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Homelessness Is A Political Choice

There is a humanitarian crisis on the streets of our country that has claimed the lives of at least 726 human beings in England and Wales. 

In Britain today, more than 320,000 people are homeless, this is a visible, yet hidden, crisis that is being normalised by the politics of neoliberalism, austerity and victim-blaming the most vulnerable people in society. 

Nine years of Tory rule, propped up by the Liberal Democrats, has unleashed devastation on many people’s lives. This is why we must ensure that on December 12th we elect a radical, socialist government ready to deliver an ambitious social justice programme offering a lifeline to those whose lives the Tories have disregarded and destroyed. 

The facts speak for themselves. Rough sleeping has gone through the roof since the Tories took power, with a massive 169% recorded rise. At the same time, across the country, we have a record number of empty buildings and properties accumulating vast amounts of wealth, while people sit shivering in doorways and bedding down on pavements. It is at this time of the year as winter sets in that more people become aware of the crisis that is rough sleeping and homelessness, and this is the backdrop behind which Britain going to the polls. Therefore it’s only right that the issue of ending homelessness is at the centre of this election campaign. 

This election must be focused on ending the man-made humanitarian crisis that is rough sleeping and homelessness. Homelessness is not an individual choice – it is a political choice made in Westminster. 

As the co-founder of the Labour Homelessness Campaign, we are calling on the Labour Party to include in its next manifesto the most ambitious policies to end all forms of homelessness. That means reversing the cuts to council services and welfare benefits since 2010 that have contributed to this crisis, unfreezing housing benefit, developing a well-funded Housing-First strategy to end the need to sleep rough, and ensuring everyone experiencing homelessness or sleeping rough can access support, regardless of local connection.

We need a commitment to building 100,000 council homes every year. We also need to end the scandal of buildings sitting empty while people sleep outside, by reversing anti-squatting laws and providing councils greater powers to take control over empty buildings and open them up for people, not profit.
 
But housing and funding are not enough: many would not come out of the cold and off the streets because their main interaction with officialdom has been the experience of being moved on and threatened with fines. Labour must ensure there is an immediate end to all forms of criminalisation of people experiencing homelessness. Labour should repeal not only the 1824 Vagrancy Act, but should also immediately stop the use of Public Space Protection Orders, Community Protection Notices and other “anti-social behaviour” orders against begging and rough sleeping, and other behaviours associated with homelessness. Demonising people who are homeless and further shaming them and labelling as criminals is not acceptable and it does nothing to build the trust we’ve lost as a society among the most marginalised.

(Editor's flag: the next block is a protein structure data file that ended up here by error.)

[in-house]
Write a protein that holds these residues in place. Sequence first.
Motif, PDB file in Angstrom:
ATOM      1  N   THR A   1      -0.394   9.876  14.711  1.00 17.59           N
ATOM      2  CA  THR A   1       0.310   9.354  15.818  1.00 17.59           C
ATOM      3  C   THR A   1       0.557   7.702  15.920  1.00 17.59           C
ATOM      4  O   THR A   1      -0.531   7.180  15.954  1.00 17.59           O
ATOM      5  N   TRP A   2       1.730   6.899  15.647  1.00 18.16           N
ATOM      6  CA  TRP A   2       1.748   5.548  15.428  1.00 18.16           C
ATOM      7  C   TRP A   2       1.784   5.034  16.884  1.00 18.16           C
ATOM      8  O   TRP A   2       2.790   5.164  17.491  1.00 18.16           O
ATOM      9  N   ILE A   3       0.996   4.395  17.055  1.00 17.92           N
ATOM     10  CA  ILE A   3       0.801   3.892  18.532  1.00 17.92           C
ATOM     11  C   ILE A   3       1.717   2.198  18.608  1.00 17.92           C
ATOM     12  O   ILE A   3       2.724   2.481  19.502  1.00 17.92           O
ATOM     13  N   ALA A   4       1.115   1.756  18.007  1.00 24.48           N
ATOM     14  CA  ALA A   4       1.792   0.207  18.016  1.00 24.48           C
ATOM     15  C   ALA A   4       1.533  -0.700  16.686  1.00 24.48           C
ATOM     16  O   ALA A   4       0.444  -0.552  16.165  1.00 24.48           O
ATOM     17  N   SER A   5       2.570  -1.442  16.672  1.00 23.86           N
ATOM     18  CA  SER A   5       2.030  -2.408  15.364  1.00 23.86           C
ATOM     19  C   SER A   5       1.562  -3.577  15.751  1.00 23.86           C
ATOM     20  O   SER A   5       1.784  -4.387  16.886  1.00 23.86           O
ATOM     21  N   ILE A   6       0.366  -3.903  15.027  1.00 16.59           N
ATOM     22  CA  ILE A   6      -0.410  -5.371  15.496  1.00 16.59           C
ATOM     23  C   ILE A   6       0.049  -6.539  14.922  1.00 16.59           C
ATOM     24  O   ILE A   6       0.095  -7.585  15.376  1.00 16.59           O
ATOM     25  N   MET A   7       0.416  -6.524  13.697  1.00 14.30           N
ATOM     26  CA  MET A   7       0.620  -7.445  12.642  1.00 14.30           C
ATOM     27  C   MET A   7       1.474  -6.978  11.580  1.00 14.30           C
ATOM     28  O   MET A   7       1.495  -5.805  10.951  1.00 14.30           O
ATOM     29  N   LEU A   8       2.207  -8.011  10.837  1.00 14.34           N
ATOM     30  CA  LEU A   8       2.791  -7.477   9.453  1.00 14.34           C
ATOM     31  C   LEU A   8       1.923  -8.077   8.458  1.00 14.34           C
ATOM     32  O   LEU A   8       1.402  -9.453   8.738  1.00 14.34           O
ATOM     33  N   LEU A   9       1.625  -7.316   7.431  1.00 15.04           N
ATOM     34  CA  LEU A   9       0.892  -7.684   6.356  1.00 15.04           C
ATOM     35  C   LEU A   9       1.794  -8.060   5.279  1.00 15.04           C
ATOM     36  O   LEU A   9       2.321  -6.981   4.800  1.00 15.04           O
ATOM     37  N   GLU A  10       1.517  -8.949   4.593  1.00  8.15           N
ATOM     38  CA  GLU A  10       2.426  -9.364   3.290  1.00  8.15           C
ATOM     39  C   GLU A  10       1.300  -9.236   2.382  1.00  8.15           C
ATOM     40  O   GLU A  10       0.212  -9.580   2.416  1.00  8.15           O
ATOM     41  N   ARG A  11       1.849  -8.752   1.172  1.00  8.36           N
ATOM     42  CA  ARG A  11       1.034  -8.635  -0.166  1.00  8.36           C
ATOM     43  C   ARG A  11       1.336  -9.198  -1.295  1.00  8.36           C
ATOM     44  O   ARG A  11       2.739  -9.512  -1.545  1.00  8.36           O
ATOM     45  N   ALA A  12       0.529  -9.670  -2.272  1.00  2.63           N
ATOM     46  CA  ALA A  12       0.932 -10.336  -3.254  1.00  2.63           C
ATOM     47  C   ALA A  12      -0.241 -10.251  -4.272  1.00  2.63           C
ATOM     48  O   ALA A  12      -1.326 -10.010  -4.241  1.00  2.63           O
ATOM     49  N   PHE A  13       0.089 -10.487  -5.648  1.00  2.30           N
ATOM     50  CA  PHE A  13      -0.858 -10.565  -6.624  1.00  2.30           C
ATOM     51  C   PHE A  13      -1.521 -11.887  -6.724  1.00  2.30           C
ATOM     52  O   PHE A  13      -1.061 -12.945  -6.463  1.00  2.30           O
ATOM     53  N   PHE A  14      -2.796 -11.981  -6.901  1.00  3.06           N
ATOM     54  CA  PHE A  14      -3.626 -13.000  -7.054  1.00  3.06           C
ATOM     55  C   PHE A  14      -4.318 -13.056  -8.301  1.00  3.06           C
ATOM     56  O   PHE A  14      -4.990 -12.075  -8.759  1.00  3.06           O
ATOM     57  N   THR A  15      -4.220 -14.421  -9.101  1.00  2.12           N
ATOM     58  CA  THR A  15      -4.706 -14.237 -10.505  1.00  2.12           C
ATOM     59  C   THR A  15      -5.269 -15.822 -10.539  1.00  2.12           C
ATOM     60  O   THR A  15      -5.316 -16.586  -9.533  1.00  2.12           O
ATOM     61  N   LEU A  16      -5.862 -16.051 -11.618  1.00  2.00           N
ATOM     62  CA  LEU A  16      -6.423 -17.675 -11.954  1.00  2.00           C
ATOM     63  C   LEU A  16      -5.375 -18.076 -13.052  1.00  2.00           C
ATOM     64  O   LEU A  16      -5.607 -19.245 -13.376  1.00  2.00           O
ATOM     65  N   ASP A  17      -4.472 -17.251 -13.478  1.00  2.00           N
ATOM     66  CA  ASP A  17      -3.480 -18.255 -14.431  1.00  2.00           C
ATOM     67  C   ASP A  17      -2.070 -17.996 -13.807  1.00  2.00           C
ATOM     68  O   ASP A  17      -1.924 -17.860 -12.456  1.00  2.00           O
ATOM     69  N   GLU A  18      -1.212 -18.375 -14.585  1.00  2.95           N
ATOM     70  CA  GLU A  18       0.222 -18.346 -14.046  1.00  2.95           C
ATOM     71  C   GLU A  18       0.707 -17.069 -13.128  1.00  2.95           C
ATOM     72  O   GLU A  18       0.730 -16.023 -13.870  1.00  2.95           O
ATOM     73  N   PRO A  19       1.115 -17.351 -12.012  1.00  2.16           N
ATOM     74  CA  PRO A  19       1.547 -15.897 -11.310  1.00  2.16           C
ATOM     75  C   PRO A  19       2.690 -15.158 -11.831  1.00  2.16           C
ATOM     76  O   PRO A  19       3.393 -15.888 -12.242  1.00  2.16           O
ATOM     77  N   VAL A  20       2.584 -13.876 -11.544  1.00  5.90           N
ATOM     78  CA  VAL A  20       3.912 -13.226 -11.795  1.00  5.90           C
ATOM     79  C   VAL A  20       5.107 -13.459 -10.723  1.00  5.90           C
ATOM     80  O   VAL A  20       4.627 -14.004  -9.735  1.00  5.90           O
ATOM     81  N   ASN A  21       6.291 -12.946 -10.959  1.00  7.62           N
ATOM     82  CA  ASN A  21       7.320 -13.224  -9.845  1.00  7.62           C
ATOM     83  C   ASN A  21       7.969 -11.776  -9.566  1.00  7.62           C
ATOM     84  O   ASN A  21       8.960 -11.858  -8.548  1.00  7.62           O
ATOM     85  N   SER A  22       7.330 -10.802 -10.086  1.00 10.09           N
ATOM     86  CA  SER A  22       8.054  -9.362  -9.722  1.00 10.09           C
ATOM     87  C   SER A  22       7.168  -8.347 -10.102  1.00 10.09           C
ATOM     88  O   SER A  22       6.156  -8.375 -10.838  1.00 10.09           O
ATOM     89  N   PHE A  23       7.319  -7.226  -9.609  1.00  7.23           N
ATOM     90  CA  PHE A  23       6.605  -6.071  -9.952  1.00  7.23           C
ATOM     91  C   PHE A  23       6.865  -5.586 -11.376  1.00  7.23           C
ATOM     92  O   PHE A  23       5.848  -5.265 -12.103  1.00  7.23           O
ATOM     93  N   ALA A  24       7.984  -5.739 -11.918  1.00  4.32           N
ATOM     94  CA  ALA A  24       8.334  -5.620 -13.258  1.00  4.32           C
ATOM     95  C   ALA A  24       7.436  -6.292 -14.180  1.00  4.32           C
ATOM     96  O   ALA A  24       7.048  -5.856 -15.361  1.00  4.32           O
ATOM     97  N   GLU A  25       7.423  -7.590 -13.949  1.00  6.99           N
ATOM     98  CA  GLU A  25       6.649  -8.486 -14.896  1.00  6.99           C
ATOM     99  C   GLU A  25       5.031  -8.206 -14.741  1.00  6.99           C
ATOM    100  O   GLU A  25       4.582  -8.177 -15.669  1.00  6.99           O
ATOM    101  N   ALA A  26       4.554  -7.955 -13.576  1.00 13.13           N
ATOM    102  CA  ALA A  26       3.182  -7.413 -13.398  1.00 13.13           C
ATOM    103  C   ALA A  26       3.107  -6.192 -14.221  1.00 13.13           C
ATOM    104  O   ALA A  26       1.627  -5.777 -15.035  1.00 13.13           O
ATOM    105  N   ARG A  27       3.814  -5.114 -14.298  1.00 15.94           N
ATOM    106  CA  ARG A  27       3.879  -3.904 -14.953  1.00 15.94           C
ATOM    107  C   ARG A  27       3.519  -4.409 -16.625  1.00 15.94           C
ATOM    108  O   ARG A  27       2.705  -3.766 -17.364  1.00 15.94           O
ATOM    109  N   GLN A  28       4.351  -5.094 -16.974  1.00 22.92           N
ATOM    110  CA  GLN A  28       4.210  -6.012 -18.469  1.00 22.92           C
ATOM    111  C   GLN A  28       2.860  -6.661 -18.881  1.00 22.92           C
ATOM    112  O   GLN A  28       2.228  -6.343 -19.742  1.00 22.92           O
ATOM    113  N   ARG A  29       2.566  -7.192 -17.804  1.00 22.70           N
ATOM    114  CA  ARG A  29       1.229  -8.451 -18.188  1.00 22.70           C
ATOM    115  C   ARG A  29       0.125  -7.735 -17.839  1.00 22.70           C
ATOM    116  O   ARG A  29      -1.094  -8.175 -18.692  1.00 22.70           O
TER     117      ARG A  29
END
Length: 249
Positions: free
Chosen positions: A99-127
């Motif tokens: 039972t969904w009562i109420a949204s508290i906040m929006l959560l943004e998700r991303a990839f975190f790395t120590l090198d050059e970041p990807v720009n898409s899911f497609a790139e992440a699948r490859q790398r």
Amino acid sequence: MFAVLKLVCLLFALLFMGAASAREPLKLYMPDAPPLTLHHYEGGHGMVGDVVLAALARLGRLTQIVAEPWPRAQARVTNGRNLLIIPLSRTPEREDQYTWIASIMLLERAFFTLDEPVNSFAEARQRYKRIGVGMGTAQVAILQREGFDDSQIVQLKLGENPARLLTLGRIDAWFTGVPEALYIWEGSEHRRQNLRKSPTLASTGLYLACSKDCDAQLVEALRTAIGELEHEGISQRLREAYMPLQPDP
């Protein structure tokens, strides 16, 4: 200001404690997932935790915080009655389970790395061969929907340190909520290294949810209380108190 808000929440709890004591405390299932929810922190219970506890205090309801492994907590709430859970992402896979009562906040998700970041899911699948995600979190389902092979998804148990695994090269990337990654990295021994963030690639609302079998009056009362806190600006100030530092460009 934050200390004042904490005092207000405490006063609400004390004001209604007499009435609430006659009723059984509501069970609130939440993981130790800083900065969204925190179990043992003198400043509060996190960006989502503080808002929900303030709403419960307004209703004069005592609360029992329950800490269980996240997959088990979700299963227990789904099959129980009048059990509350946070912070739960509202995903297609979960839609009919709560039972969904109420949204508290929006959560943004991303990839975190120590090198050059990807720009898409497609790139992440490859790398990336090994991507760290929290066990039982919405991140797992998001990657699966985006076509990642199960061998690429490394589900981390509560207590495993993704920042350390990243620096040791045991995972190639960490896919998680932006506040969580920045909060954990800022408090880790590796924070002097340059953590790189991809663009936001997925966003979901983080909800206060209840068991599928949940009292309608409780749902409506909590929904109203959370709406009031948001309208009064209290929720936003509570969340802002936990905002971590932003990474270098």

We need to see further commitments from a Labour government to building solidarity with people experiencing rough sleeping which would include: 

  • Commit to legislating against anti-homeless “hostile architecture”;
  • Crackdown on the “Privately Owned Public Spaces”, which gives private security power to move on people they don’t like;
  • End the hostile environment against migrant rough sleepers, removing all Home Office immigration officials from homelessness services and providing support to everyone on our streets, regardless of immigration status;
  • Provide free ID to those experiencing homelessness;
  • Ensure those fleeing domestic violence can never become homeless as a priority;
  • Make voter registration as easy for those with no fixed abode as for those in homes.

At the Labour Party conference in September, party members passed a Homeless Bill of Rights. We need to show our commitment to every one of those rights. We have a once-in-a-lifetime opportunity to end homelessness in all its forms and elect a Labour government committed to changing the lives of the many and not the few. We must make sure this happens.

By Shaista Aziz is a Oxford City Councillor, co founder of the Labour Homelessness Campaign and Co-Vice Chair of the FabianWomen’s Network. 

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